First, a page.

I have found, though, the best instructional software programs or apps are the ones that are integrated by the classroom teacher.  If a teacher believes in the product/app, uses it and makes it work for their classroom, then it is a good product.  I, personally, let my class evaluate good/effective sites.  Kids are great predictors if sites are engaging. Educators then need to weed out which ones are engaging AND provide quality instruction or content to our students. My personalized learning network always comes to my aid in this process of evaluation.  An analogy would be going into a hospital and seeing what shoes nurses wear to know what shoes are most comfortable when on your feet all day.  You will see many wearing Danskos.  Well, I bought a pair and they are my most comfortable shoe to wear at school because I am on my feet all day as well.  I look and see what others are using or recommending for applications or instructional programs and I try it.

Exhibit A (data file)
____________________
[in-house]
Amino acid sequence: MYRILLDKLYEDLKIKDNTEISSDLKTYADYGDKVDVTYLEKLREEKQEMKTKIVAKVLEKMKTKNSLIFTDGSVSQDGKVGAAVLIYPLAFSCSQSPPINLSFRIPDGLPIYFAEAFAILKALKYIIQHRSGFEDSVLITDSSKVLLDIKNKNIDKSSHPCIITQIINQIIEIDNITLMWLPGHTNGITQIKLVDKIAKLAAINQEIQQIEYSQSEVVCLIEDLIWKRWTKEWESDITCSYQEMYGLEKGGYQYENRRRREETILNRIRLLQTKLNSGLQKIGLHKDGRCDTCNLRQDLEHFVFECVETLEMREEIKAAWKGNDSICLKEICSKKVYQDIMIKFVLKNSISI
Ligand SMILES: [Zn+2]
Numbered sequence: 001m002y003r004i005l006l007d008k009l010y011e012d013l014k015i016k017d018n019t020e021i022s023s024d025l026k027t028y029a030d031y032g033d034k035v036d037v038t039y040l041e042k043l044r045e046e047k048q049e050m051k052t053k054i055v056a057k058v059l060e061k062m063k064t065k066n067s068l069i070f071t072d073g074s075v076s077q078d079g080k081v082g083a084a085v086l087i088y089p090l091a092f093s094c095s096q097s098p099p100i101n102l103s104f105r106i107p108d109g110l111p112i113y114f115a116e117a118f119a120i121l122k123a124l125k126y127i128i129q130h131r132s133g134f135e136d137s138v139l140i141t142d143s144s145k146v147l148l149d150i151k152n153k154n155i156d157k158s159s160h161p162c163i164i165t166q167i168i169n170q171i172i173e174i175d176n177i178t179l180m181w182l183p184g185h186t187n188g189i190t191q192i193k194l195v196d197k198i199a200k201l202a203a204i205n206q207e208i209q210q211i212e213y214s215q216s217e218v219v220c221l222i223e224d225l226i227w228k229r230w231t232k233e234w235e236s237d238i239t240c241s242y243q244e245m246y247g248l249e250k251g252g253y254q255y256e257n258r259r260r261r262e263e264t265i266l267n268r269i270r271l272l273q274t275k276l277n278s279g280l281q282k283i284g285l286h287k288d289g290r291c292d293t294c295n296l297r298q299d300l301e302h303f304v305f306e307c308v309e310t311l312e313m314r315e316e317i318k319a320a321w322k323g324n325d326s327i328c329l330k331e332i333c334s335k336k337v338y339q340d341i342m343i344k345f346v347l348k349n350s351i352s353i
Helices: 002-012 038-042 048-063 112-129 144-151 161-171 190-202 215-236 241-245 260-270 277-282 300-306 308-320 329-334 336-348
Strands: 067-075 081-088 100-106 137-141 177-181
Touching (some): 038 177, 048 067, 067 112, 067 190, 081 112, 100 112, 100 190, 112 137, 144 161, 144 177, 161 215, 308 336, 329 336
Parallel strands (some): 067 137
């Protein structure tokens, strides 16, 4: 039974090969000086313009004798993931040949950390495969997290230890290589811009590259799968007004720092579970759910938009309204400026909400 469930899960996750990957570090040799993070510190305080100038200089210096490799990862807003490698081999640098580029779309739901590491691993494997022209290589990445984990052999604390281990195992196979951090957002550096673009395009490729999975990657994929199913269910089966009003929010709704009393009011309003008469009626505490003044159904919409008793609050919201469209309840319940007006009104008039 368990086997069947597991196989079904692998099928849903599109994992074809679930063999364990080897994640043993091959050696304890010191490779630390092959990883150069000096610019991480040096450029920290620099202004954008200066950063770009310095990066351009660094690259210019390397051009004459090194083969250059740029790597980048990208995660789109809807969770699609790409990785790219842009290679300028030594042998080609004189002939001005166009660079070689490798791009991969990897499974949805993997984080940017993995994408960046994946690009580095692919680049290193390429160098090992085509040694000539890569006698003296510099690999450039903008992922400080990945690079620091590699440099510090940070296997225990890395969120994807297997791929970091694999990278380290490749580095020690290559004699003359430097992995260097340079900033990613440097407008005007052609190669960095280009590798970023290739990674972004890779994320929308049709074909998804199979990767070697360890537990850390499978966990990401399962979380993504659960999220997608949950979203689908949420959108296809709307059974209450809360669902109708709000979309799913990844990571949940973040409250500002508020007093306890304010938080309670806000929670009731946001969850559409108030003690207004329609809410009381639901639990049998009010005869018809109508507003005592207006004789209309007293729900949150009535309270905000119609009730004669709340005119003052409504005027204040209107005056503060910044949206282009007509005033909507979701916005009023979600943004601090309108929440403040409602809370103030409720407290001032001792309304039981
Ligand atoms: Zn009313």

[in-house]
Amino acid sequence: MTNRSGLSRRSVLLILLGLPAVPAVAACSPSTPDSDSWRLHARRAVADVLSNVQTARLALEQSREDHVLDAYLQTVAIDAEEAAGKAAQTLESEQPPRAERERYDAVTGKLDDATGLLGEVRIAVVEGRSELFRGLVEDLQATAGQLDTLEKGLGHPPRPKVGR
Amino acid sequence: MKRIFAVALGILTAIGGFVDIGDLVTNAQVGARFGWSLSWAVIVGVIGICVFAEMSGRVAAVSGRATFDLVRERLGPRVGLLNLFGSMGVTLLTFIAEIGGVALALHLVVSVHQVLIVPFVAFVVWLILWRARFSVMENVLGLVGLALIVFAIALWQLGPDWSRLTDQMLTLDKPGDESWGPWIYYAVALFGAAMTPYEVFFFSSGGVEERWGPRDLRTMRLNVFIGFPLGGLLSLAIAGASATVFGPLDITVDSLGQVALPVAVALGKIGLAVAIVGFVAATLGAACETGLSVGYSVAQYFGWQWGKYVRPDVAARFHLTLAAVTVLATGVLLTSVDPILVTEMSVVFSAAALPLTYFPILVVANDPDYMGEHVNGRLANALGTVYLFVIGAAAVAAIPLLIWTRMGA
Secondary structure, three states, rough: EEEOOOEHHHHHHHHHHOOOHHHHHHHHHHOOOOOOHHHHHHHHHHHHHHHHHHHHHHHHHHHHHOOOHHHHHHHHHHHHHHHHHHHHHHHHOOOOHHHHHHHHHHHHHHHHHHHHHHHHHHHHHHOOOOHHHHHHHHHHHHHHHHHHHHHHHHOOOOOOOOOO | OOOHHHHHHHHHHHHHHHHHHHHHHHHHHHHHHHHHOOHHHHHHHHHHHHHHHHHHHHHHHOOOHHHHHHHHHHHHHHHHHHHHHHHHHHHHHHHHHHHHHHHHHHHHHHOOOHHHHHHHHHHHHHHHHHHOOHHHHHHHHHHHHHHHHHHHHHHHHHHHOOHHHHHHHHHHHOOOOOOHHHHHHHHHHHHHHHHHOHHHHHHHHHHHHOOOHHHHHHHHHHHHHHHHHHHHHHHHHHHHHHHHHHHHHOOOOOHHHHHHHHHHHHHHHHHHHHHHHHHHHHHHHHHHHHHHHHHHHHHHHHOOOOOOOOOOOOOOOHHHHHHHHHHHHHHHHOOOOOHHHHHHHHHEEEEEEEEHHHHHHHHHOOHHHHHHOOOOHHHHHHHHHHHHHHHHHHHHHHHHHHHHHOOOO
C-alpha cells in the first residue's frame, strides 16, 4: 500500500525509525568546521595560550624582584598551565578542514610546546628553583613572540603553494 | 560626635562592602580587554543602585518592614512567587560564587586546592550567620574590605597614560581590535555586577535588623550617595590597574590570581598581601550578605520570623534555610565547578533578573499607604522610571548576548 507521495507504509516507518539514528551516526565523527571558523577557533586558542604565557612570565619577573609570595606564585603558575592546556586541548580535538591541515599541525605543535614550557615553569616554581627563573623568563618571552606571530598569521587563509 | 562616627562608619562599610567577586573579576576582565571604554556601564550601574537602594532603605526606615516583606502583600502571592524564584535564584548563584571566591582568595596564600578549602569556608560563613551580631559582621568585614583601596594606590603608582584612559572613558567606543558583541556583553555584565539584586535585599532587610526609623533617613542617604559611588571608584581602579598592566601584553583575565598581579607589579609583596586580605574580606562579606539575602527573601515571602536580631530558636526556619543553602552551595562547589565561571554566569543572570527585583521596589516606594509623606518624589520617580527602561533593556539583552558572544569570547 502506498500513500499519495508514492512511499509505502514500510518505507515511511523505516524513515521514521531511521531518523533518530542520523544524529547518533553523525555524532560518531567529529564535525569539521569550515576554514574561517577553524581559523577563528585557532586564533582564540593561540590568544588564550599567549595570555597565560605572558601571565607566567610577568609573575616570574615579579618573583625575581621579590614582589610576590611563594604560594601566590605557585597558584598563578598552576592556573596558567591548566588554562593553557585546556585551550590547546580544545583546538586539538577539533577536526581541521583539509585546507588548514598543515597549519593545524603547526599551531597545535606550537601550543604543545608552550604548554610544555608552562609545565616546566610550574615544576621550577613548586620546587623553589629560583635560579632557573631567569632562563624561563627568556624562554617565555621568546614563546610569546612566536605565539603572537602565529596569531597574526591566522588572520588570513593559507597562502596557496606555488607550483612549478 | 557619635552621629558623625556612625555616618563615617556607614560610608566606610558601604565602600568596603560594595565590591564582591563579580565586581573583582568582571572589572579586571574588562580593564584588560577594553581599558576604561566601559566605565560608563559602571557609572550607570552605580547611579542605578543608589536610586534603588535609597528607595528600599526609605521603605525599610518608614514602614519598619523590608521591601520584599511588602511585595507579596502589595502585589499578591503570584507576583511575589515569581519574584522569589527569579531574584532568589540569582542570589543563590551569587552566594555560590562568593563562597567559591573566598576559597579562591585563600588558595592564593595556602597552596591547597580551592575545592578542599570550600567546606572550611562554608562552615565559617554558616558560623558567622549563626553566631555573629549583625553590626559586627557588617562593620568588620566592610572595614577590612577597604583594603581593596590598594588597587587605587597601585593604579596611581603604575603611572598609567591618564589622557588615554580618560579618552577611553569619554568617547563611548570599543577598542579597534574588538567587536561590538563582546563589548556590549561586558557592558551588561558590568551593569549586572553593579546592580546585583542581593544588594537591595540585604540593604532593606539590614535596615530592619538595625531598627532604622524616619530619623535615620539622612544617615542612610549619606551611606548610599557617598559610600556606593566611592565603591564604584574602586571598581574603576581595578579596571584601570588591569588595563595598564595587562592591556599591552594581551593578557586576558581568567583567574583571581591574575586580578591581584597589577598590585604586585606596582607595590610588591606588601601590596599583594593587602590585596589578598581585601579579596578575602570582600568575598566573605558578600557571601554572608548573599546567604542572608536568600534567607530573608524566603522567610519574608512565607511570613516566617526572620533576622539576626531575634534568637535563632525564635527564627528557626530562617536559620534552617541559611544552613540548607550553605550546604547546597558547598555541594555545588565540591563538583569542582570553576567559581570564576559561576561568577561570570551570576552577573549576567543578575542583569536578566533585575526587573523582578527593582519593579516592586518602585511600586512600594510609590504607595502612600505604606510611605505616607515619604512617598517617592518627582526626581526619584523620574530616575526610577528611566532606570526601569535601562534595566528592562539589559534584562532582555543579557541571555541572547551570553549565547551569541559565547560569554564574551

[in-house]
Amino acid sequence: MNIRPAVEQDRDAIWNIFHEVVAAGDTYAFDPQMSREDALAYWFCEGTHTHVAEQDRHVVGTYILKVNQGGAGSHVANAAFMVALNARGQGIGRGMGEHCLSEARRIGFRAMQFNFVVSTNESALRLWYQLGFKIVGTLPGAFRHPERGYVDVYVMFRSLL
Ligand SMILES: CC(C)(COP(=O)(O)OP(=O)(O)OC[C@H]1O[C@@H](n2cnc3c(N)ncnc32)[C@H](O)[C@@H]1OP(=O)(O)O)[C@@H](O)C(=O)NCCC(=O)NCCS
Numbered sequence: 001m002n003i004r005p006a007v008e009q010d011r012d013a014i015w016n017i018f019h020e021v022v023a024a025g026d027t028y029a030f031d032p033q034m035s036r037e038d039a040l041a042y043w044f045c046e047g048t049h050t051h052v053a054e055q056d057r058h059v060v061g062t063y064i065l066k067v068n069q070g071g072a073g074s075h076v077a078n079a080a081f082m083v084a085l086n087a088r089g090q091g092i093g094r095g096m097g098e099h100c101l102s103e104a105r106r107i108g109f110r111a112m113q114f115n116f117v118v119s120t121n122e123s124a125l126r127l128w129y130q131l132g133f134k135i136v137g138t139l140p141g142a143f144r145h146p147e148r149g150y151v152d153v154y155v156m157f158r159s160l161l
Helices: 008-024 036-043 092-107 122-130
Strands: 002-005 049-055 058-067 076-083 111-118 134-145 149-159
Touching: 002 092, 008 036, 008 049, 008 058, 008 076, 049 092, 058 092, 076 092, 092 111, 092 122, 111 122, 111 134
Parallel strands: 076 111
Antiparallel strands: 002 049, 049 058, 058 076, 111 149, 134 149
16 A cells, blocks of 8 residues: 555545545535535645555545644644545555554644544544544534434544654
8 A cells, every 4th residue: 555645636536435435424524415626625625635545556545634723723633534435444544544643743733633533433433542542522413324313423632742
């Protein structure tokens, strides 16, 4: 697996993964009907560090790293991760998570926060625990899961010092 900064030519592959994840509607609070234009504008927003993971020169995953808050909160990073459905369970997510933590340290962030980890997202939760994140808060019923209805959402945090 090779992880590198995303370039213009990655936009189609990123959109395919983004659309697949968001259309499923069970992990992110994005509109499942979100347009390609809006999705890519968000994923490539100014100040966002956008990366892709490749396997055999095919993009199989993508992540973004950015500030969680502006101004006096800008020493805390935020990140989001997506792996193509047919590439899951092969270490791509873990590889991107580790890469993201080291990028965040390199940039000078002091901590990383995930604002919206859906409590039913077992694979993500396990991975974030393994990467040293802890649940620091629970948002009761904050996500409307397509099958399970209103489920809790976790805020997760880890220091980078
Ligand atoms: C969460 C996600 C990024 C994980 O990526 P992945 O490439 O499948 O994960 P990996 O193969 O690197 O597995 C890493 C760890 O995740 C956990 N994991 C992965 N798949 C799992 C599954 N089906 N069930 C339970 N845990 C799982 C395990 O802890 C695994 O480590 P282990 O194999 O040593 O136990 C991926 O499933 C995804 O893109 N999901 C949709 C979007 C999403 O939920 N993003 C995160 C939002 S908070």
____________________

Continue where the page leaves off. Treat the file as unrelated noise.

Leacock, T. L., & Nesbit, J. C. (2007). A Framework for Evaluating the Quality of  Multimedia Learning Resources. Educational Technology & Society, 10 (2), 44-59.
Roblyer, M.D. and Doering, A.H.  (2013).Integrating Educational Technology Into Teaching, (6th ed.).   Upper Saddle River: Pearson Education, Inc.

Sunday, February 9, 2014

Acceptable Use Policy

The definition of Acceptable Use Policy is “An acceptable use policy (AUP) is a policy that a user must agree to follow in order to be provided with access to a network or to the Internet. It is common practice for many businesses and educational facilities to require that employees or students sign an acceptable use policy before being granted a network ID.” Margaret Rouse (2012)